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Peter Senge on Organizational Change
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Peter Senge on Organizational Change
 
This article is taken from the Foundations for Leadership Program April 2014 and edited by SoL staff.
 
The reason why I was kind of drawn to start off with this little thread of reflection is that it is really important to appreciate this when we go about this "bringing about change” in our organizations.

We’ll come back to this a little later. I don’t think "bringing about change” is a very good word to use a lot of times. Not many people get up in the morning and go to work to be changed. How many of you have tried to implement a change in your boss or your spouse, or your teenagers? See, now we all laugh right away because we know it’s a kind of nutty way to think. But we’ve tried. That is why we also know when one human being tries to change another, usually it’s rather problematic. Yet we have no problem at all about changing our organization. Isn’t that interesting? Even through where it really comes down to in a big part is the change in people.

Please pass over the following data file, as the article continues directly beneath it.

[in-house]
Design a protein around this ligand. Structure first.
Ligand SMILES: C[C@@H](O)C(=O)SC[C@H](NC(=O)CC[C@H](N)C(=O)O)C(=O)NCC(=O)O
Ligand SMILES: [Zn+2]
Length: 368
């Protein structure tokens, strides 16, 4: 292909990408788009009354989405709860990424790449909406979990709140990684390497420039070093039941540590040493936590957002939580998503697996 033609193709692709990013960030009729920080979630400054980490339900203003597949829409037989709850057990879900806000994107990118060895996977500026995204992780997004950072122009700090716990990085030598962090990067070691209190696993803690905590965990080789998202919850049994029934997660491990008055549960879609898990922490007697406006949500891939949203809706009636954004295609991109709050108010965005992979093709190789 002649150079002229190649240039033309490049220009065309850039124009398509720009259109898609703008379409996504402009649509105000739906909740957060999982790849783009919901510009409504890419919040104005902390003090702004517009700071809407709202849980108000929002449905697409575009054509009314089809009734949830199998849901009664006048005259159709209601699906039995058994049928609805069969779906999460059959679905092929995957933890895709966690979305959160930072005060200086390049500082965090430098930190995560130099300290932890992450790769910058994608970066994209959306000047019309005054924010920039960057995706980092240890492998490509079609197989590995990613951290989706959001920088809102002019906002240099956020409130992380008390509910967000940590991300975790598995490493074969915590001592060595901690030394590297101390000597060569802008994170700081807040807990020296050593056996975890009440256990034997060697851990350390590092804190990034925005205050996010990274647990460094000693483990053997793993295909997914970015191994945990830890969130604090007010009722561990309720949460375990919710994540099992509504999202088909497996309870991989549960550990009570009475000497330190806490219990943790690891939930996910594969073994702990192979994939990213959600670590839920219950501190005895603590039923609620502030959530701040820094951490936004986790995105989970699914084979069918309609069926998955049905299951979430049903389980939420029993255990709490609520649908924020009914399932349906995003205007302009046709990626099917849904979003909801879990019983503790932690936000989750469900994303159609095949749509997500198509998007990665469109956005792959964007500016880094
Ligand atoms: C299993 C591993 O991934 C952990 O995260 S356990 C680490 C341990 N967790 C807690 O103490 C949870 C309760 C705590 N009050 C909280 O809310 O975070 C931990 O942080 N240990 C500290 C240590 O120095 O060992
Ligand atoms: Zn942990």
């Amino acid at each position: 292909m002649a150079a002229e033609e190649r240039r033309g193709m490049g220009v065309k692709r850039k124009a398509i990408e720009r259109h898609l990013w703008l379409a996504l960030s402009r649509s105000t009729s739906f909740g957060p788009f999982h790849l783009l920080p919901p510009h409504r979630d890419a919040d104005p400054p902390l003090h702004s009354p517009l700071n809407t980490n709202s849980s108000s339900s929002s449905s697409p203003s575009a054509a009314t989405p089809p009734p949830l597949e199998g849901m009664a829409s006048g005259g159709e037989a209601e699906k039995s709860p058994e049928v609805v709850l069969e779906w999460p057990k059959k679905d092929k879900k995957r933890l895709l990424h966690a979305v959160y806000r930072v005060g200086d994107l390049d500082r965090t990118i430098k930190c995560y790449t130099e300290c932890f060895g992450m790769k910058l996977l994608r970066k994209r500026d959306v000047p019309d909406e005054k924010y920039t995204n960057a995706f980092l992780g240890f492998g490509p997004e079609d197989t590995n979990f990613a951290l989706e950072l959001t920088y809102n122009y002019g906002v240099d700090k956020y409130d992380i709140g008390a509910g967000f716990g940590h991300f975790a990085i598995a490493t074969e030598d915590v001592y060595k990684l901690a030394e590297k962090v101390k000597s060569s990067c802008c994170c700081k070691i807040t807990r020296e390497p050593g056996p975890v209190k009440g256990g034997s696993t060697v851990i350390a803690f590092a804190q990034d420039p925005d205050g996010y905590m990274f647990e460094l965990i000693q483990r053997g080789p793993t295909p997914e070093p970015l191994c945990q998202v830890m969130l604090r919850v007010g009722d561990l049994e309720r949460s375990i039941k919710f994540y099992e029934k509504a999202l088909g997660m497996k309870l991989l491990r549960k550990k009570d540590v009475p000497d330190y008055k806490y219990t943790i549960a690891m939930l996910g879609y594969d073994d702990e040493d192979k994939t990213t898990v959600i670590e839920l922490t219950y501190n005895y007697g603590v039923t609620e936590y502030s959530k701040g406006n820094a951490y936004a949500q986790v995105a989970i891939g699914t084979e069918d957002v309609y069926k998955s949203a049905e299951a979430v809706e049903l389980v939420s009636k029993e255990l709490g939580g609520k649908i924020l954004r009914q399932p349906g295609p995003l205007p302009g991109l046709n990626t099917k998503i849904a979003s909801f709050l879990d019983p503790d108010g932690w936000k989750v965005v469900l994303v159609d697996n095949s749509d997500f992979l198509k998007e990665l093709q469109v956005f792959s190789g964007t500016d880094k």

If I say, "hey, I’ve got a plan about how I want to change you.” First off, it’s fairly rude. Jim may be polite enough not to say anything, but he immediately has a reaction that’s kind of like this (defensive gesture). Anybody, if I say, "Be happy!” what is your immediate reaction? When someone says, "Be happy!” The reaction is, "No way!” But, who doesn’t want to be happy? So, it’s nothing to do with content. It has to do with the nature of the relationship, which is invoked when one person has in mind that they want to change another.

And yet, I’m sure behind each of your stories about why you believe certain changes are necessary in your organizations, each of the comments you made, are real reasons why you believe that certain changes are necessary in your organization. It’s not just a subjective personal opinion, like "I think these people have to change.” There are real reasons. The world is changing and our organizations are basically not able to adapt. There are deep problems in the way that organizations work today.

I’m just trying to illustrate the types of reasons. You know we look: people are not happy because they’re not working together well. If they had an opportunity, they’d actually go work some place else. These are the real problems. Nobody wants to work in an organization where if people have the opportunity, they’d go some place else.

So, it’s not that there is not a need for change. It’s just something about our first step. It’s often problematic. What I mean by our first step here is the place from which we are thinking, or the source of our awareness. And, it’s illustrated to me, in… I would say, thoughtless uses of the words like change. The people using it just don’t realize how it’s heard.

 

December 9-11, 2014 | March 25-27, 2015

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